Dusty Bergman knew all about Ben Weber's struggles. He was aware that Anaheim closer Troy Percival was injured. He also knew that Brendan Donnelly was rehabbing an early season injury.
The 26-year-old Bergman, a set-up man for the Salt Laker Stingers of the Pacific Coast League, knew that his time was near. He knew that in a matter of days he would have a chance to realize his dream of pitching on a Major League game.
Bergman, a 1996 Carson High graduate, realized that dream Tuesday night when the Anaheim Angels put him on the 40-man roster. He made his debut Wednesday night, allowing three runs and four hits in his two-inning stint.
Bergman, who flew to Anaheim Wednesday morning, entered the game in the top of the eighth with no outs and runners on first and third.
Up stepped Geoff Jenkins, who hit a sacrifice fly. He walked ex-University of Nevada star Lyle Overbay and Junior Spivey singled, loading the bases. Bill Hall doubled to deep right driving in two runs, and Ken Ginter singled home two more runs.
In the ninth, he yielded a leadoff single to Scott Posednik, and then retired the next three hitters, including Jenkins on strikes, to end the inning.
"I was anxious, emotional and nervous," Bergman said Thursday morning from his hotel room in Anaheim. "I felt I threw the ball pretty good. I got behind in the counts and started to rush it. I had a good second inning.
"I think my manager (Mike Brumley) knew the whole day I was going up. He waited until after the game to tell me. I knew it was between me and one other guy, but still when the manager calls you in the office, you are anxious."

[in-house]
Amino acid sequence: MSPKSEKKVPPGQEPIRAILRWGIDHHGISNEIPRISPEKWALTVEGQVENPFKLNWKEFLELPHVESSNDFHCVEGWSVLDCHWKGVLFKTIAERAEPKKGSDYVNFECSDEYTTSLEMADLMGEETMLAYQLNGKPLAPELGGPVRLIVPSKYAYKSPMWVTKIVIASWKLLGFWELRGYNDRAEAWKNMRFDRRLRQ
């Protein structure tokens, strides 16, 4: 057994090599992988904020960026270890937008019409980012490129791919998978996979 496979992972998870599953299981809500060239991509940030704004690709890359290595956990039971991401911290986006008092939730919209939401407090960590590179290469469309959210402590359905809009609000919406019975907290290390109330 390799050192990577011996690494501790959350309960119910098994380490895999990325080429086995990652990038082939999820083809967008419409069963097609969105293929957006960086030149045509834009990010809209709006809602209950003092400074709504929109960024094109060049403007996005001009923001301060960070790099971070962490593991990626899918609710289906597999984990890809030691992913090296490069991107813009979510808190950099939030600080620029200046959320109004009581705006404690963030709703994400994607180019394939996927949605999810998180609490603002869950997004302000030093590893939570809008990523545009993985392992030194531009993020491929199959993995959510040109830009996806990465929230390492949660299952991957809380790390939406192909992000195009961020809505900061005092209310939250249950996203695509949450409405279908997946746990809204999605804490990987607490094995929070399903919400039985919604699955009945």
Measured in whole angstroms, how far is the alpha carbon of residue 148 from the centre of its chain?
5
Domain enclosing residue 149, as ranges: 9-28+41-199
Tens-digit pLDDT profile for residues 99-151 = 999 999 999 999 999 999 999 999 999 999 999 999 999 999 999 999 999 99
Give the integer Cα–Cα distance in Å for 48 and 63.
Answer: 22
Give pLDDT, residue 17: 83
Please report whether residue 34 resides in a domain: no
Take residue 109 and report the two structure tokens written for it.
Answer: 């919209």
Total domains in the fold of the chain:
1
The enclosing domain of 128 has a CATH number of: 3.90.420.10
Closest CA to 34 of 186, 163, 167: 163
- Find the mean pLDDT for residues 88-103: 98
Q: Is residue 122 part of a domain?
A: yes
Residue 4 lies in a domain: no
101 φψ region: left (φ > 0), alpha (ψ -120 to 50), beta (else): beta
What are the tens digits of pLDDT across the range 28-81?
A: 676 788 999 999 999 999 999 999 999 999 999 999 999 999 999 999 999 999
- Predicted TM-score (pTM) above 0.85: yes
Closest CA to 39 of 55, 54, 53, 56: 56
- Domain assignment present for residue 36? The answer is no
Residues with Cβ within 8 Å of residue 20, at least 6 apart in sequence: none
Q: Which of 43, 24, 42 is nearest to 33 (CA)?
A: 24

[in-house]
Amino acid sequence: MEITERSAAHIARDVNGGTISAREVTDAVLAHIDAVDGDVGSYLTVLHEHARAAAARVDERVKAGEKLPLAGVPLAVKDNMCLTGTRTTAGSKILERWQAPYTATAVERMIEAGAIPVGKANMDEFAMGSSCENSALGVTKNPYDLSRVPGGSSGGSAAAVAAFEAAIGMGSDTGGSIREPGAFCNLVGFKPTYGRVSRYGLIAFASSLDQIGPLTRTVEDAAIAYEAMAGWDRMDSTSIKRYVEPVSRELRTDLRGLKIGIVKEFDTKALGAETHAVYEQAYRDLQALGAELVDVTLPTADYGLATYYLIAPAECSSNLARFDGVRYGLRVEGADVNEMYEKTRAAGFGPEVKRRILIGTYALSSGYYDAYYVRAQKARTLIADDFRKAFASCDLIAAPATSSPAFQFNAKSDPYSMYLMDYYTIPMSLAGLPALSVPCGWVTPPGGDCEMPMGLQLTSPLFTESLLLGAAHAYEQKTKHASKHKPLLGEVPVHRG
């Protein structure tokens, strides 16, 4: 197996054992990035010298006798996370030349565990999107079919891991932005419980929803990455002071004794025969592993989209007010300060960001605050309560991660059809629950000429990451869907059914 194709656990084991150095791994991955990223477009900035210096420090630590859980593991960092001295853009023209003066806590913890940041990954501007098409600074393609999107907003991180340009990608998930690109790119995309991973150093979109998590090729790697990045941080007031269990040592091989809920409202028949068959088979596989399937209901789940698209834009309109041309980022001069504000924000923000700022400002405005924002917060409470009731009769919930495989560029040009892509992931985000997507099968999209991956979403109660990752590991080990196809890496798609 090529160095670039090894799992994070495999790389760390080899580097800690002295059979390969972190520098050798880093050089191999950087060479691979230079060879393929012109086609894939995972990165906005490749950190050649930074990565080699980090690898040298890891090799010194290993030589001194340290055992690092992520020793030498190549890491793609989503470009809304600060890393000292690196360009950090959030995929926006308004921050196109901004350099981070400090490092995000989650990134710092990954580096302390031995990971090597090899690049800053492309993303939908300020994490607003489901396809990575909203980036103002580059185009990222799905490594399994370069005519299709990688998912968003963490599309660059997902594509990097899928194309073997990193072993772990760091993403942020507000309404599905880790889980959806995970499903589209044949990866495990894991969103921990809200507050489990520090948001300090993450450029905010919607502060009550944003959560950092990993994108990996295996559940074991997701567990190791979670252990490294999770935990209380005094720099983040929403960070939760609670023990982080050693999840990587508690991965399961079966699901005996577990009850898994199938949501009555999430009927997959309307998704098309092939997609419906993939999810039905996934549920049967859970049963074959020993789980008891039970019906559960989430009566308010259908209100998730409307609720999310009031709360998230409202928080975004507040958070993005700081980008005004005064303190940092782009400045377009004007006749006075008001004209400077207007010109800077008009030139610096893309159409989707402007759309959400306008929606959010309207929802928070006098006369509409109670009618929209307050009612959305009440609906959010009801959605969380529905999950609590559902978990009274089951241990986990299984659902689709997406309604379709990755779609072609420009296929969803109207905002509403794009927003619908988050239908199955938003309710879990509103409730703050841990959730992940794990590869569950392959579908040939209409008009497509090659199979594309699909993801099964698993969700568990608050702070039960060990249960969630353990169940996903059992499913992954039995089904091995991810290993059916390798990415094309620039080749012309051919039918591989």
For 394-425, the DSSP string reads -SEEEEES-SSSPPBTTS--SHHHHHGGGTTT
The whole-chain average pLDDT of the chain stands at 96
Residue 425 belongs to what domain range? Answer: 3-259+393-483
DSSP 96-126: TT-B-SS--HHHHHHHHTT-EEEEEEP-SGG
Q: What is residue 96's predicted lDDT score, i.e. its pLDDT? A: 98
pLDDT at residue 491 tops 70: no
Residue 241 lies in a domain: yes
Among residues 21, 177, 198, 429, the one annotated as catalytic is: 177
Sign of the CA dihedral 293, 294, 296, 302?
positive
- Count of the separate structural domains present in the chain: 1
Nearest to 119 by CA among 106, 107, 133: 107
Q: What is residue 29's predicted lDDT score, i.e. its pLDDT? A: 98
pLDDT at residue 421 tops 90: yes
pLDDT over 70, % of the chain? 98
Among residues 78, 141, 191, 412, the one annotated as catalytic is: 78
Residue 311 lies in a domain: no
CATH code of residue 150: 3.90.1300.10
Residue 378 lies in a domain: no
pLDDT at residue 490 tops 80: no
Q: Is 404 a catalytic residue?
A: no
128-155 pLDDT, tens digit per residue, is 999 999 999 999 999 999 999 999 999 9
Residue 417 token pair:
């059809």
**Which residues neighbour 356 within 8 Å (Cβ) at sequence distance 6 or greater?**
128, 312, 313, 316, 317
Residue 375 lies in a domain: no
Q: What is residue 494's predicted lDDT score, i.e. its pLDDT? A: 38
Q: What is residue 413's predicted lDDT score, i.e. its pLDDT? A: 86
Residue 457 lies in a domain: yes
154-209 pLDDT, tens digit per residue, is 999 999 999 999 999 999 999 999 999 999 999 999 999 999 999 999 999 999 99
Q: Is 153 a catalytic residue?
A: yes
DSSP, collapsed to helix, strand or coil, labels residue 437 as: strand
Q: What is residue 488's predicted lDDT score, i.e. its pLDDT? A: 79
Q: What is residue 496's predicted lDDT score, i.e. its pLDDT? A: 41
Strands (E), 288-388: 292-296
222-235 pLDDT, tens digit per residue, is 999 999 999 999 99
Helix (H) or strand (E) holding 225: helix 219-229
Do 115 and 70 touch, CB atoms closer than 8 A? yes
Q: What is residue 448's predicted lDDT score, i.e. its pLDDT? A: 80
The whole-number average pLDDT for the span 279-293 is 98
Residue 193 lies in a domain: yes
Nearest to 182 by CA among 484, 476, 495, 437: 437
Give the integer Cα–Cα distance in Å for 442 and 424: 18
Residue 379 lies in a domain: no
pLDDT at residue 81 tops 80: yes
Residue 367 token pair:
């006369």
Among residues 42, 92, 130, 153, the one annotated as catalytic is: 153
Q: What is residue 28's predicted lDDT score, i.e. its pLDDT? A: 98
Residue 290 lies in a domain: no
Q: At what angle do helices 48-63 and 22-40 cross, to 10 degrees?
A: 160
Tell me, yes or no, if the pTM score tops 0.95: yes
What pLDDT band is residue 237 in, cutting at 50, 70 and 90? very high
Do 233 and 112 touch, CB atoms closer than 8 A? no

How long he stays with Anaheim is anybody's guess. Much will depend on how quick Donnelly will be ready to go, and if Weber solves his problems down in Salt Lake.
"I'm just going to enjoy it and have fun," Bergman said. "I'm not coming in expecting to take Percival's spot."
There's a certain amount of pressure, too. Bergman, who was 1-0 with a 2.83 ERA, knows that good performances could help immensely when the Angels expand their roster in September. The one advantage he has is that he is the only left-hander in the Angels' bullpen presently.
Bergman, who is 28-41 in his career in the Angels' farm system, said he feels he is pretty much on schedule in terms of his advancement through the system.
"When you sign, you hope to move up a level a year," Bergman said. "There are six levels and I'm in my sixth year. You hope to get (to the majors) sooner, but if you're not ready it doesn't do you any good."
Bergman was originally a starter his first three years in the minors, but save for 10 starts last year at Double-A, he has been in the bullpen. He was 16-34 in that span, and definitely is more comfortable in the bullpen.
He uses more guile than power to get batters out.
"I throw in the high 80s, and maybe get to low 90s," Bergman said. "I throw a cut fastball, slider and change-up. I try to get people to swing at bad pitches and get themselves out."
Contact Darrell Moody at email@example.com or 881-1281.